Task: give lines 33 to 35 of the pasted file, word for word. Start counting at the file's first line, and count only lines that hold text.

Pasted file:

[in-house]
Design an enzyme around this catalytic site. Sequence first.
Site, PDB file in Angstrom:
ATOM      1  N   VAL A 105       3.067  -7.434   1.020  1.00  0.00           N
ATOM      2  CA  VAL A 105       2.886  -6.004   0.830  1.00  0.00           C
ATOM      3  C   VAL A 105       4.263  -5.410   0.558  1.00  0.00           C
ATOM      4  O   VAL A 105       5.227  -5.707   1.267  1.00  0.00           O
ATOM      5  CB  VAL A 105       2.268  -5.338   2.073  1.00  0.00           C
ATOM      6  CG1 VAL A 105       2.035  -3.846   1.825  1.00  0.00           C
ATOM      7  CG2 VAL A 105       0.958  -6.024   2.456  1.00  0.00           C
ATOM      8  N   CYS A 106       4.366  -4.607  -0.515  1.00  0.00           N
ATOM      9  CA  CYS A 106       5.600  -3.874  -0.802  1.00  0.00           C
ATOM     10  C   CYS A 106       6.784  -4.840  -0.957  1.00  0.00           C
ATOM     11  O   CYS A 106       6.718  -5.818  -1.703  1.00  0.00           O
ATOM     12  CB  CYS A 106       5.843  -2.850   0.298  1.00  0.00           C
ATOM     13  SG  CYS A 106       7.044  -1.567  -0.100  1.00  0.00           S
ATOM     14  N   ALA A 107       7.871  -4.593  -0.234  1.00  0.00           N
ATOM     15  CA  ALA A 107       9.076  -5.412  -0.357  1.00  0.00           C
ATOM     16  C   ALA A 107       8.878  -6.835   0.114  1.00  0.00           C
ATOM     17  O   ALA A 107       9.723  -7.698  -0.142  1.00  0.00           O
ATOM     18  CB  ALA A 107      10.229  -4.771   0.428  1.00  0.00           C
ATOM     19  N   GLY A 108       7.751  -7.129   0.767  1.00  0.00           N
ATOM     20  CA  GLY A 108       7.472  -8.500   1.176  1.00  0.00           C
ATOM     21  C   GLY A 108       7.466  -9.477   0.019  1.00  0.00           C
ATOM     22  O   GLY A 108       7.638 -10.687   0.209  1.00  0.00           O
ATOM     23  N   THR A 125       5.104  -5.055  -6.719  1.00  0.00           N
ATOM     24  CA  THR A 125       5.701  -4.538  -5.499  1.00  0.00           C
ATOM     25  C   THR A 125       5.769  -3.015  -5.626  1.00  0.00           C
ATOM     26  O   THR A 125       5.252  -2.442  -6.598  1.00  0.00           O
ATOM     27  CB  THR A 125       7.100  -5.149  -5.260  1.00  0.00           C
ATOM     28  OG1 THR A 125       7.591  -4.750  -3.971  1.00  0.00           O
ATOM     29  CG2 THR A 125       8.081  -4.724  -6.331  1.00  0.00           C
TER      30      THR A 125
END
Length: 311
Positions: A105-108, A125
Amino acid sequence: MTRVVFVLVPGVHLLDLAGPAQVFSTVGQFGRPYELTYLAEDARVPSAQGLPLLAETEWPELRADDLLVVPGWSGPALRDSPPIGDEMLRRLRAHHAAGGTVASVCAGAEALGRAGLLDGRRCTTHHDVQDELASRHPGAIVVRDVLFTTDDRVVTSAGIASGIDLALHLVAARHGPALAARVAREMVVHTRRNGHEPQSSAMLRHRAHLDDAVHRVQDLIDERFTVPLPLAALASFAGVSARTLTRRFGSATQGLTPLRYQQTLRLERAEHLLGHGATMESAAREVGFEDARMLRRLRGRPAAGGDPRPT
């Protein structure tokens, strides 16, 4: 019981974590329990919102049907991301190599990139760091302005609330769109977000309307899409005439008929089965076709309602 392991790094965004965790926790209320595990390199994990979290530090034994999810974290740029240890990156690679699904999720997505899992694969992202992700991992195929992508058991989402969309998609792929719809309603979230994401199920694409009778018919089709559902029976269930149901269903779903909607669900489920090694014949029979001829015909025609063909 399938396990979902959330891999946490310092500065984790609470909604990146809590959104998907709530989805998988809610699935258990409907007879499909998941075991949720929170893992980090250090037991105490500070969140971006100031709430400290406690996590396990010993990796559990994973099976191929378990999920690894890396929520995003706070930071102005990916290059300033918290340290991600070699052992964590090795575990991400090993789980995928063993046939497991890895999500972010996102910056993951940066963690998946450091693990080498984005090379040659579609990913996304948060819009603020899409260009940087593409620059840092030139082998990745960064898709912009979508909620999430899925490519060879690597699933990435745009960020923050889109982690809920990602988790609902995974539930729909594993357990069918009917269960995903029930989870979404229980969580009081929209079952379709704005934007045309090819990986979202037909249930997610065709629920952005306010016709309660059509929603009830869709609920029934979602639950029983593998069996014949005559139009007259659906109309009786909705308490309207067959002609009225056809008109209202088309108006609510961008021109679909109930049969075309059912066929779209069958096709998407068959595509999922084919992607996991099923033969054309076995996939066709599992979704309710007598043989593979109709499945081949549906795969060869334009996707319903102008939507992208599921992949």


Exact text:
TER      30      THR A 125
END
Length: 311